Brews & Eats
The history of pilsener - or pilsner

Henbane - too much in the brew and a hangover would be the least of your worries

Pilsener was originally a refreshing brew with just a hint of deadly poison for that extra kick.

Home-brewing beer has been a popular hobby since the law was changed more than 50 years ago to allow people to do it without a licence.

Enthusiasts like nothing more than experimenting with malts, hops and yeasts to create unique flavours, even if they’re so unique that only the enthusiast enjoys them.

People who happen to number a good and generous home brewer among their friends or loved ones count themselves fortunate, as they can generally look forward to an interesting drinking experience when invited over for a tasting session.

Of course, the interesting experience might also include a hangover so devastating that it mimics the symptoms of several grave illnesses, but it would be churlish to complain.

It is particularly fascinating to be invited to sample some ancient recipe the home-brewer has unearthed, and to experience an ale or porter the like of which hasn’t been tasted in centuries.

However, if our friend or loved one invites us to try an authentic pilsener we should exercise caution - especially if we have the slightest doubt as to their ability to follow a recipe accurately.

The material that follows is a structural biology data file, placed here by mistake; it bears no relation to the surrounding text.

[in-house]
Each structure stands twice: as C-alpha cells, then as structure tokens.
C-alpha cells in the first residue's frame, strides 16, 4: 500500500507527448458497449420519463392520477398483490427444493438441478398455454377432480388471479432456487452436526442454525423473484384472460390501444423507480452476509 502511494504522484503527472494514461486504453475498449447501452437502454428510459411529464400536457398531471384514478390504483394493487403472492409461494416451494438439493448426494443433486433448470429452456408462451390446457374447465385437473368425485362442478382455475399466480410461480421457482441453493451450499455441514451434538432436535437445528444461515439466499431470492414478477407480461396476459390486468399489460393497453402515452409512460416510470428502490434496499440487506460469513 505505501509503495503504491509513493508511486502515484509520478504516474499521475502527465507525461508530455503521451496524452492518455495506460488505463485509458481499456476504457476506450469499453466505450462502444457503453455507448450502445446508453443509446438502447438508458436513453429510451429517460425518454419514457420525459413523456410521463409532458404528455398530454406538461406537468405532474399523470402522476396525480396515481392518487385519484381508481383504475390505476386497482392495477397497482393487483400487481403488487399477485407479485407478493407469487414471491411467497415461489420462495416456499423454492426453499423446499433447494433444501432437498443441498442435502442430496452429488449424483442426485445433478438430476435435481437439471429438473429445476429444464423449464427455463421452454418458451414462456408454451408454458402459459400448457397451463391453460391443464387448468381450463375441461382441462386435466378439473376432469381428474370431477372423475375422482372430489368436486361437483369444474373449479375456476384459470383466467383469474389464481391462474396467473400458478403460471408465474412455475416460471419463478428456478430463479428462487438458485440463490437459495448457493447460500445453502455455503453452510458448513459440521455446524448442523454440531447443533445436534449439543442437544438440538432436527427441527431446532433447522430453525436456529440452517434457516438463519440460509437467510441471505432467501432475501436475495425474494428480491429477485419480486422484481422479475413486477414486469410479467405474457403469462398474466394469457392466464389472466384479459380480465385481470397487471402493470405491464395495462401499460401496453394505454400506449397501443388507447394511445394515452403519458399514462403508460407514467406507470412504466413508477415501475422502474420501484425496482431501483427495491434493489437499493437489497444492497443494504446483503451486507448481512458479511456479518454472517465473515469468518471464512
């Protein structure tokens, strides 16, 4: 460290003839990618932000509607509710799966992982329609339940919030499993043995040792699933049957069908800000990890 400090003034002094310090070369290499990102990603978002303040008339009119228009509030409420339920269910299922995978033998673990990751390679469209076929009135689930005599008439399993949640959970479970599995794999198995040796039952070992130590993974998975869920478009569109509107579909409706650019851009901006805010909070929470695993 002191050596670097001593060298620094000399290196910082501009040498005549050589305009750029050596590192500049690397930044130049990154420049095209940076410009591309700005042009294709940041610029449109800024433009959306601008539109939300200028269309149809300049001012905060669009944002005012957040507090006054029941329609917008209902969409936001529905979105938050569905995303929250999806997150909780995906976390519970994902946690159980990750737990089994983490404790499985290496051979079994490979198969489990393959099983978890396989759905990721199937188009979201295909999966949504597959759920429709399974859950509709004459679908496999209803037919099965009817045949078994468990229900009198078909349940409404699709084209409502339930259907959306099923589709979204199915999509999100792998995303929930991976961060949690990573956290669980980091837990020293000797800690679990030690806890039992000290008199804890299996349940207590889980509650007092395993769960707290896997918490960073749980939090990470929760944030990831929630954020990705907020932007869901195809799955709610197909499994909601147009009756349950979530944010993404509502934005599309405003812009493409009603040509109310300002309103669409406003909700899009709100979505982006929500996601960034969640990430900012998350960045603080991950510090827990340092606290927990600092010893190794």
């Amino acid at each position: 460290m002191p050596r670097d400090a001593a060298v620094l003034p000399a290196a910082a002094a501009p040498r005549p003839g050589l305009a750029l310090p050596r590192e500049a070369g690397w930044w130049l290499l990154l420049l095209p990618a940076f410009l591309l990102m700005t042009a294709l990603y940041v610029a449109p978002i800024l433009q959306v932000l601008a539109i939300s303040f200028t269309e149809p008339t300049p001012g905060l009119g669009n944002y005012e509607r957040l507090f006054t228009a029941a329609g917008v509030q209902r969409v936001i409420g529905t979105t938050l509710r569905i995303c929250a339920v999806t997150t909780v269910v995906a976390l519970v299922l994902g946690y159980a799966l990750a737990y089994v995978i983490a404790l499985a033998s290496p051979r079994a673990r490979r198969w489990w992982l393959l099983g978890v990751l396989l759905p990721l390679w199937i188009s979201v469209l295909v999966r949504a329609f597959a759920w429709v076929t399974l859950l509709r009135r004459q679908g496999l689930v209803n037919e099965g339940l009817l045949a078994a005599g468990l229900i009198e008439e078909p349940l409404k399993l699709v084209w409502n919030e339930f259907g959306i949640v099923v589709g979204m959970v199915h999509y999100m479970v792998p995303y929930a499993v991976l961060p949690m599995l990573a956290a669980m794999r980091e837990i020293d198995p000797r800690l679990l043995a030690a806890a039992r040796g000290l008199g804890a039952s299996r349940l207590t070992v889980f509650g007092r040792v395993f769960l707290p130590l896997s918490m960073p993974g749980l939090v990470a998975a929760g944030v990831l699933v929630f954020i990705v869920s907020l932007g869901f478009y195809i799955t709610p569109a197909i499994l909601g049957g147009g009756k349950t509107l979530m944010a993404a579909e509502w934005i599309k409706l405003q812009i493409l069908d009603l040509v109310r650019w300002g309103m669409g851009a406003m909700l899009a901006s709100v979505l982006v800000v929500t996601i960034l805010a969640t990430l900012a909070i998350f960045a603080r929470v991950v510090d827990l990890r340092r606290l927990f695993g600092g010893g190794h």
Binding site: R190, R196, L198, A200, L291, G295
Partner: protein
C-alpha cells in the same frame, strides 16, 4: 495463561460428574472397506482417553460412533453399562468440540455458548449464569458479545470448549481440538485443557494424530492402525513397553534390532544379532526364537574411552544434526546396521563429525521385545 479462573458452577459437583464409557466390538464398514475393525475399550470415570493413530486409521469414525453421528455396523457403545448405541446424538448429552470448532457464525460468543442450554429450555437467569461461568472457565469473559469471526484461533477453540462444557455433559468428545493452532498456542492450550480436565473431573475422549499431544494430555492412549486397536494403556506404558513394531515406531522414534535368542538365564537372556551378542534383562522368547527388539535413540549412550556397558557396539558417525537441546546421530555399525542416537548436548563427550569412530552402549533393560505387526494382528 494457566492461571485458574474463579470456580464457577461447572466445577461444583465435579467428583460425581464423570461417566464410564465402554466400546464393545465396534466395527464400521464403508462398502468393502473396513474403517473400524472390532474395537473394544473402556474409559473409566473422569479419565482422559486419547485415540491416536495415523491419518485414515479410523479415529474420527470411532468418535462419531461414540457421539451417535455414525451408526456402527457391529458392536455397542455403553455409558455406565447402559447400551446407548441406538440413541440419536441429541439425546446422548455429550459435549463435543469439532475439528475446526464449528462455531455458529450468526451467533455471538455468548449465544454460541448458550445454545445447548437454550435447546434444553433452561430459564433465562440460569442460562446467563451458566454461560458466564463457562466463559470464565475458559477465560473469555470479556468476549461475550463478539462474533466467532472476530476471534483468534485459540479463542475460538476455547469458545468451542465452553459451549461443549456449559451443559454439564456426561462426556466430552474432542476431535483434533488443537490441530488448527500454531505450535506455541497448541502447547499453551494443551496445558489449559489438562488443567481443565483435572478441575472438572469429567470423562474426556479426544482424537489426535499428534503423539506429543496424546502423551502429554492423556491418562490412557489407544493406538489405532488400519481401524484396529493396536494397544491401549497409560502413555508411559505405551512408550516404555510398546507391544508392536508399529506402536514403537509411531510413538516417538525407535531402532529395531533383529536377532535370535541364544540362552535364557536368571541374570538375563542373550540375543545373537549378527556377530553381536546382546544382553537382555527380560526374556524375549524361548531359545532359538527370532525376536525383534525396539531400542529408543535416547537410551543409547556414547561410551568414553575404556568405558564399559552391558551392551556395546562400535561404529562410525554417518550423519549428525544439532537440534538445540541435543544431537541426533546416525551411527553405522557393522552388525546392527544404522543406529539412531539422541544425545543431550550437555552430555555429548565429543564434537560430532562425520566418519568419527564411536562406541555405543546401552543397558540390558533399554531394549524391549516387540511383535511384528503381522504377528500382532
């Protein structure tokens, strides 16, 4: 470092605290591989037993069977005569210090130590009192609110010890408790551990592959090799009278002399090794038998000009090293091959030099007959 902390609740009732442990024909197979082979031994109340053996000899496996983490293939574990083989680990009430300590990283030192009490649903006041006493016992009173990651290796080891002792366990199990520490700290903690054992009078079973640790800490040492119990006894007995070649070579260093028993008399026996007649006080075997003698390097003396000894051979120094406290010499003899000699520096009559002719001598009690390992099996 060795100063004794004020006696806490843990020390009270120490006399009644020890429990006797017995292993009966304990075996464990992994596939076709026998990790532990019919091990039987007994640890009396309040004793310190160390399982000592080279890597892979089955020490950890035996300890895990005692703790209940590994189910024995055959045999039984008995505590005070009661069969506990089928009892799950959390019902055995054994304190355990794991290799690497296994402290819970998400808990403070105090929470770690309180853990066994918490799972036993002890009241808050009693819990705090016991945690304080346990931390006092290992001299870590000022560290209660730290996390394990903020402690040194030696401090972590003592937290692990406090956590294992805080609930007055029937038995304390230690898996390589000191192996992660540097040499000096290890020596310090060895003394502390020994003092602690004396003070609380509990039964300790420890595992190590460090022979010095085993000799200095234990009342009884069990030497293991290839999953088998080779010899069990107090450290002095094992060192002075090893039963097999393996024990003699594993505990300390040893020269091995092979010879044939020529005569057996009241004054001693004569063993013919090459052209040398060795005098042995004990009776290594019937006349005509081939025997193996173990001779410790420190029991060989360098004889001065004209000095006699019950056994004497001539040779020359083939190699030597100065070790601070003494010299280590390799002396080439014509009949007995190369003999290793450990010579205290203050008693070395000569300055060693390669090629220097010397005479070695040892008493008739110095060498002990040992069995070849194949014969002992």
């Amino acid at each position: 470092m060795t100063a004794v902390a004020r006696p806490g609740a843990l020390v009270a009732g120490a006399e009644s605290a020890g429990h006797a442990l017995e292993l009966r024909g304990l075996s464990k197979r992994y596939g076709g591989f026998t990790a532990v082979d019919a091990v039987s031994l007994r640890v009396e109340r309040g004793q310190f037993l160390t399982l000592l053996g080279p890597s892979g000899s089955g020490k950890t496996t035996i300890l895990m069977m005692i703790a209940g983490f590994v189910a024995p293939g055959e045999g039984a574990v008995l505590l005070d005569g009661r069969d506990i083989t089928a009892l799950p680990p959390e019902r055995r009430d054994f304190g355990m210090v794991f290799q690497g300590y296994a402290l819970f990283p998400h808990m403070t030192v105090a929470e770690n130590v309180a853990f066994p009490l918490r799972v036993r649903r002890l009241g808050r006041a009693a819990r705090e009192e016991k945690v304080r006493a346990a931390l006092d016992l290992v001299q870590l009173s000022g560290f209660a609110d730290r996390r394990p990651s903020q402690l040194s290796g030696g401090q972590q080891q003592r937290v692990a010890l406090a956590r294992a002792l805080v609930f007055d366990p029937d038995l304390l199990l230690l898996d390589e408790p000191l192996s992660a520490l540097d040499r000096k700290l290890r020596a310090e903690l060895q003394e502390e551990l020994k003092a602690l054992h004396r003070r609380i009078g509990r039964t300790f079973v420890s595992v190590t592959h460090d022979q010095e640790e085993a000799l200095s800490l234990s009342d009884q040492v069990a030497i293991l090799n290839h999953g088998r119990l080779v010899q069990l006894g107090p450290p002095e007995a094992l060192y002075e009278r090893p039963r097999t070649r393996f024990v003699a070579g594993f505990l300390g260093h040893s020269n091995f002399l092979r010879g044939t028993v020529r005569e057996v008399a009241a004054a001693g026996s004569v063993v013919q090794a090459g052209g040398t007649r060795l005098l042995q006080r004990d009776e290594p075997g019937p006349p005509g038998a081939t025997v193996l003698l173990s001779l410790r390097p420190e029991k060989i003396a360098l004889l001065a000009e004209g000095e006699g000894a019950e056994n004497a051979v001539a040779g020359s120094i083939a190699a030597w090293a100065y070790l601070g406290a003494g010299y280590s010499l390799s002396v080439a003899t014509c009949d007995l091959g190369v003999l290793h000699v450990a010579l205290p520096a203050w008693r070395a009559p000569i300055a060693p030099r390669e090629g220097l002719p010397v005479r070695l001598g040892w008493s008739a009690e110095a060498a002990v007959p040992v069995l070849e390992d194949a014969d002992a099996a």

Or if we’ve left them money in our will.

When we think of pilsener we think of the familiar bottom-fermented and hop-infused lager which takes its name from Pilsen, the Czech city which pioneered the brewing style in the early decades of the 19th century.

However, Pilsen was known for brewing beer centuries before giving its name to a type of lager enjoyed throughout the world - and at least one of the flavourings of those old beers would get any brewer using it today shut down and possibly thrown in jail.

Henbane - Hyoscyamus niger - is sometimes seen growing on waste ground in out-of-the-way places, and thanks to its spiked leaves and rather sinister-looking yellowish flowers with purple centres the shrub is unmistakable when in bloom.

In folk medicine it has been used for pain relief and as part of a sleep draught, but in higher doses it can cause hallucinations, seizures and death.

It is also sometimes an ingredient in gruit, a mixture of herbs once used to flavour beers - notably in Pilsen.

Henbane has been associated by some historians with old folk tales of witches being able to fly; it is likely that many a henbane user became convinced that they could soar through the air.

There are still corners of the internet where intrepid - or foolish - experimenters report on their experiences with henbane-infused beer, but its use is generally not recommended.